Read: Transforming Women’s Work:  (Links to an external site.)Links to an external site. (Links to an external site.)Links to an external site.

Read: United Nationals, Sustainable Development Goals, Gender Equity (Links to an external site.)Links to an external site.

Read: Gender and the Sustainable Development Goals: (Links to an external site.)Links to an external site.

View International Women’s Day 2017: A Message from UN Women’s Executive Director: (Links to an external site.)Links to an external site.

View Understanding the Dimensions of Sustainable Development (3:59) (Links to an external site.)Links to an external site.

8. 3/12 Communication Workshop Communication workshop



3/19 Introductions by Heather Lofthouse.

Kate Mcelligott, Autodesk Foundation.

Ranjit Deshmukh <>, ITRI-Rosenfeld postdoctoral fellow: Energy Technologies Area, getting india off coal


Winrock, Erin Hughes (worked on the ag side and heard a lot of challenges farmers expressed in moving from diesel to solar in Nepal (you can’t move them, they might get stolen), yet there are cases where they were adopted quickly.  The class could explore why technology is adapted and why it isn’t and look at technology from the perspective of farmers. Will look at the adoption of technology, using solar water pumps as an example. They will give two case studies – one in Nepal) and one in Kenya. 

Erin Hughes is the Director of Regional and Country Planning for Winrock International, leading Winrock’s field focus initiatives for developing country offices. She has more than 25 years of experience in development designing, managing, monitoring and evaluating projects in market-based agriculture, natural resource management, economic development and women’s empowerment. She combines technical expertise (community-based natural resource management, market solutions, gender) with project management and administration. She has worked in South Asia, China, Russia (Far East), Central Asia and the U.S. In addition to her work as director of regional and country planning, she provides home office support to the USAID/Bangladesh’s Climate Resilient Ecosystems and Livelihoods Project and serves as senior adviser to the JDR 3rd Scholars Program. She has a B.A. in zoology and environmental science from the University of California, Berkeley and an M.E.S. from the Yale School of Forestry and Environmental Science. She is fluent in Nepali, which she learned as a Peace Corps Volunteer in Nepal.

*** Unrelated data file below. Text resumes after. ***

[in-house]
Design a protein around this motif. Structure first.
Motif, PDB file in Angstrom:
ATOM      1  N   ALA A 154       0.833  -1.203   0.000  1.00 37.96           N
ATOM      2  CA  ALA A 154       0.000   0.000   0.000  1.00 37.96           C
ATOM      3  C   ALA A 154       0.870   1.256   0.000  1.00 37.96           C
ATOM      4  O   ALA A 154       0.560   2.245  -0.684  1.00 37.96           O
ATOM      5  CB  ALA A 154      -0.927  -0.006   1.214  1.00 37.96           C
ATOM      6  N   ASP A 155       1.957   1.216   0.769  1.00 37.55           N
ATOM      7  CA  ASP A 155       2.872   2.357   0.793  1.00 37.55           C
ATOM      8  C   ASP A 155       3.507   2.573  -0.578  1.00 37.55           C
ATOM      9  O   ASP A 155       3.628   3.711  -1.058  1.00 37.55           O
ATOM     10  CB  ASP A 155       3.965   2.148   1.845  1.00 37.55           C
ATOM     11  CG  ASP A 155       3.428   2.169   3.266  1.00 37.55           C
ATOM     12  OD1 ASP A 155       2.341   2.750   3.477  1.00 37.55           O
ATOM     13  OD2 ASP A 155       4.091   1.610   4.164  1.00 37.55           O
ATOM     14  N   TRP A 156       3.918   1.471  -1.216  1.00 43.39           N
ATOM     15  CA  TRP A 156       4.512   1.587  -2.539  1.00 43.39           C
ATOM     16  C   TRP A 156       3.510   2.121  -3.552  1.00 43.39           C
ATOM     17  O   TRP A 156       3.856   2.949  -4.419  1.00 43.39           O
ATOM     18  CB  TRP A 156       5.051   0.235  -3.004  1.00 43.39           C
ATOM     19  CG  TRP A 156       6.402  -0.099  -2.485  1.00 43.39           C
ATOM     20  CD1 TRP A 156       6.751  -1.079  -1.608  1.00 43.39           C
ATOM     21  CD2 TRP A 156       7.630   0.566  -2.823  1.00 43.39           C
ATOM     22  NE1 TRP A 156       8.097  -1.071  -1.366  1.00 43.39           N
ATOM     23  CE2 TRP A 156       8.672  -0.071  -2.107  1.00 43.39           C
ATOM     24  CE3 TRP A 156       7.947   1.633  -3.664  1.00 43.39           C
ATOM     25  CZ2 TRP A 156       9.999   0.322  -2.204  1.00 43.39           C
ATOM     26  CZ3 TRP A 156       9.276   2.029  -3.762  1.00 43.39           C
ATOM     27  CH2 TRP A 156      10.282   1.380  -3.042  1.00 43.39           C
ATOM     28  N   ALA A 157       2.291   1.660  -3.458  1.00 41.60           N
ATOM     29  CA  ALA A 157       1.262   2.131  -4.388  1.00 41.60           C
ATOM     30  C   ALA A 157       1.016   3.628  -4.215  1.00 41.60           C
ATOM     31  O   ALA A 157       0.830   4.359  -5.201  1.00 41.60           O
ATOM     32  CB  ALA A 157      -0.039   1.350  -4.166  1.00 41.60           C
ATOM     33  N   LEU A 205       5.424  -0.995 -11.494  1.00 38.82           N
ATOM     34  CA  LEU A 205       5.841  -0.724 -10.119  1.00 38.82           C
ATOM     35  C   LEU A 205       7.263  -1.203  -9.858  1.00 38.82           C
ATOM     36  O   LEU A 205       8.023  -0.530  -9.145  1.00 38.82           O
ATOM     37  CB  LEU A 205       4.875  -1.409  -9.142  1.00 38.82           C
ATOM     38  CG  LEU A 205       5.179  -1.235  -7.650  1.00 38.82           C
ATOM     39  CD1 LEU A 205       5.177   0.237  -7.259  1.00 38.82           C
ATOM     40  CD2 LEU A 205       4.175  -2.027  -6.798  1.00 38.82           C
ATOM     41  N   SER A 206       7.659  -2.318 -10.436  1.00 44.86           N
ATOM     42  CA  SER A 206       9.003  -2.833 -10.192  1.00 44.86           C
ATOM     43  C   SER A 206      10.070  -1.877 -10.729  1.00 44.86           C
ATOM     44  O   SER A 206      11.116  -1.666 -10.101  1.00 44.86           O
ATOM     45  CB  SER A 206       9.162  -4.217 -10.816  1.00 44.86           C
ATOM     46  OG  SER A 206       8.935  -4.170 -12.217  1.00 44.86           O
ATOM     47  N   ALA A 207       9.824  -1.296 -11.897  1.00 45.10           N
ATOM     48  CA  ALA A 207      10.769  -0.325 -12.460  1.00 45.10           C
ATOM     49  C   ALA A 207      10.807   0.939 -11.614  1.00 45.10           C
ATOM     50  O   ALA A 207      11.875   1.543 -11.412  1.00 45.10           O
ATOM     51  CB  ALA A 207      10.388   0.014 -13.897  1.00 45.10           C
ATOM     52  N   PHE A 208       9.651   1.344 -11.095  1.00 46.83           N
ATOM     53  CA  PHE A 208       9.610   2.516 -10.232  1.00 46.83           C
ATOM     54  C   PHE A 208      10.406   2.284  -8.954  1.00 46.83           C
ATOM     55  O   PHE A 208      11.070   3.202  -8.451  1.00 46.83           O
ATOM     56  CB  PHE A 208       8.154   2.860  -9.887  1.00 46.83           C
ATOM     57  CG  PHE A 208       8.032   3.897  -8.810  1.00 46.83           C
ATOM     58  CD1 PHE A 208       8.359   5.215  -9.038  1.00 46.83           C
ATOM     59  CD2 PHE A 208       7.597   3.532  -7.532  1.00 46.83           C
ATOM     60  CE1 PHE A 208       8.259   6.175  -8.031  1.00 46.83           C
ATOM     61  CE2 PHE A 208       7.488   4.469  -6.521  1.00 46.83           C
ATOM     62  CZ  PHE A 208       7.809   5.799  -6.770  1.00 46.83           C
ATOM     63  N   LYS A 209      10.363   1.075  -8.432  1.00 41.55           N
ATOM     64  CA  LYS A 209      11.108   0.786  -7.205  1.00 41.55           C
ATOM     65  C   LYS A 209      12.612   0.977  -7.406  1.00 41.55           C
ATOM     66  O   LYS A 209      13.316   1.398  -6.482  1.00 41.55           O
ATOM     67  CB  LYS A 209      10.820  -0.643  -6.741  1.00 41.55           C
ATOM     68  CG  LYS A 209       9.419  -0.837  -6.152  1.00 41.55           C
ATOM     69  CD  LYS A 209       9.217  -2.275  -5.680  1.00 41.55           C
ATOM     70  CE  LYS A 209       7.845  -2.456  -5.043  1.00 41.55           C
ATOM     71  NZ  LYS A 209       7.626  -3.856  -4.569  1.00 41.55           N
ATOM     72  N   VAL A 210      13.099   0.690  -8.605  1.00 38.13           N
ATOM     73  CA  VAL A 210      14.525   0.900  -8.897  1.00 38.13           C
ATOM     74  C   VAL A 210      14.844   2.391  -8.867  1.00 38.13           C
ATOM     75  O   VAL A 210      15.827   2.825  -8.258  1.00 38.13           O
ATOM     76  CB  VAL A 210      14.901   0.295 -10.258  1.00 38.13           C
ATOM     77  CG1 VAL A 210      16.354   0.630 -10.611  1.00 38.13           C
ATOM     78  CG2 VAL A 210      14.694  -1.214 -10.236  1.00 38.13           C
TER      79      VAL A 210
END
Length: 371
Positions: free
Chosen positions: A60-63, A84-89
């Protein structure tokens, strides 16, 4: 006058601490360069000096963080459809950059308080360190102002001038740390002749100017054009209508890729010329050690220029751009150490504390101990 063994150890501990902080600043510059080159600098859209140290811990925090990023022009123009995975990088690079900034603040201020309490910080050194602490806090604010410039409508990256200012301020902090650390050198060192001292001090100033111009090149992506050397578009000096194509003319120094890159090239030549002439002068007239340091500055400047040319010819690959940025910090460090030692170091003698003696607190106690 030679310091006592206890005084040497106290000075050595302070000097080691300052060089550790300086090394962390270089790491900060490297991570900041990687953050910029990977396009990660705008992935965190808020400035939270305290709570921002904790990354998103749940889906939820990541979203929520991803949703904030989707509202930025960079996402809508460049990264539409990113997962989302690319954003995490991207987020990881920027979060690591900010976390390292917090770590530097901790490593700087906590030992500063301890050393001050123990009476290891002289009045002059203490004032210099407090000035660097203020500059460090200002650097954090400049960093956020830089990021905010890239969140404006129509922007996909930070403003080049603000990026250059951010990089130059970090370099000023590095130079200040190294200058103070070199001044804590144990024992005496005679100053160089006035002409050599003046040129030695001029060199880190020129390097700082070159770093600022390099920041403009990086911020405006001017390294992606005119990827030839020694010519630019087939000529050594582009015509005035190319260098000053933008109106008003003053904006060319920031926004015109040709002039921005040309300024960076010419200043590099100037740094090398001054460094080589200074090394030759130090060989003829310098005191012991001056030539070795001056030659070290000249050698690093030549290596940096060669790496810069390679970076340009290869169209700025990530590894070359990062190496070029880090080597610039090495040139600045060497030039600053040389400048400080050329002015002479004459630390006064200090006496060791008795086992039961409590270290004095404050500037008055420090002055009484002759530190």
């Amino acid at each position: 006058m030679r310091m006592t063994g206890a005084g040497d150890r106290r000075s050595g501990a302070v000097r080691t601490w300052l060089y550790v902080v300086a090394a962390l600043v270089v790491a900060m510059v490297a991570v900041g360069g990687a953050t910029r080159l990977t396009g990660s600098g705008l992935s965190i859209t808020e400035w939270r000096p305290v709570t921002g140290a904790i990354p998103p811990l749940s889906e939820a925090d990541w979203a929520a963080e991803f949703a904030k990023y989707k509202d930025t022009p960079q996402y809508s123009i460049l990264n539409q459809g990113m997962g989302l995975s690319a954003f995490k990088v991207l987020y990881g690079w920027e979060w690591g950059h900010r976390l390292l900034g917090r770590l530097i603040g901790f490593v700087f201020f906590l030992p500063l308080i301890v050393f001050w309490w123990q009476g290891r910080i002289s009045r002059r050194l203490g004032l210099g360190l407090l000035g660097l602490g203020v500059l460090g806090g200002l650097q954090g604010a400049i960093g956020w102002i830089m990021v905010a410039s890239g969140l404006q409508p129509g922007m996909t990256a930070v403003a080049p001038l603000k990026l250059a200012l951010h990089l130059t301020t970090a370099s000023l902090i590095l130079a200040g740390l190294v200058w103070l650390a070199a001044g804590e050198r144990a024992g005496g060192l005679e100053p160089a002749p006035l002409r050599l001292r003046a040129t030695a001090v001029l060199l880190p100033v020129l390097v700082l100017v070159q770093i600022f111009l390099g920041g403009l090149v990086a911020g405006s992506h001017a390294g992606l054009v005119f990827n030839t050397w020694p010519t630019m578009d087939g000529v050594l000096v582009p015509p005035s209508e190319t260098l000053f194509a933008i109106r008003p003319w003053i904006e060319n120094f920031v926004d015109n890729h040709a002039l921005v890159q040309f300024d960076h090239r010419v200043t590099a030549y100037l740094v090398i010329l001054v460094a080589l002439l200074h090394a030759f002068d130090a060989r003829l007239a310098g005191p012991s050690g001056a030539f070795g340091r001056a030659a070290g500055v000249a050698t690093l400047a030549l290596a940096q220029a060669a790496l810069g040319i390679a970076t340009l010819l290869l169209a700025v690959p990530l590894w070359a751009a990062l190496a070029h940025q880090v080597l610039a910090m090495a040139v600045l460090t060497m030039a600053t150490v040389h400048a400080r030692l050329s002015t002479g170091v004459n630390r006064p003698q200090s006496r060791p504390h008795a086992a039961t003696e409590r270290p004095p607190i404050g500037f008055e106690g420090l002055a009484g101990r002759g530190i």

10. 4/2

Paige Balcom and Prof. Van Carey, Mechanical Engineering: Plastic Roofing in Uganda


Ugandan newspaper article about plastic waste: to an external site.

Making paving tiles from recycled plastic using little machinery: to an external site.

Video of how to make tiles with industrialized process: to an external site.

Miri Lavi-Neeman, from the Arava Institute in Israel:

Eco-Hegemonies: The Struggles of Indigenous Communities over Water, Food, and Tourism in Israel’s Negev Desert Highlands

Miri Lavi-Neeman, Director of The Center for Hyper-Arid Socio-Ecology; The Arava Institute for Environmental Studies.

Case-studies to highlight the complex political issues, controlling and transforming communities, through access to water, energy, and food production.


1) A soon to be published, but still under final edits manuscript on some of the project that will be presented:
Avriel Anvi N; Avni Y;   Babad A.; Meroz A.  “Wisdom dwells in places: what can modern farmers learn from ancient agricultural systems? “
2) Background on Land and Bedouin -Jewish conflict in the Negev:
  • Critical perspective towards Israeli authoreties:
    Yiftachel, Oren. “Epilogue: Studying al-Naqab/Negev Bedouins-Toward a colonial paradigm? 1.” Hagar 8.2 (2008): 173.‏
  • Critical perspective towards Bedouin
    Frantzman, Seth J., Havatzelet Yahel, and Ruth Kark. “Contested indigeneity: The development of an indigenous discourse on the Bedouin of the Negev, Israel.” Israel Studies17.1 (2012): 78-104.‏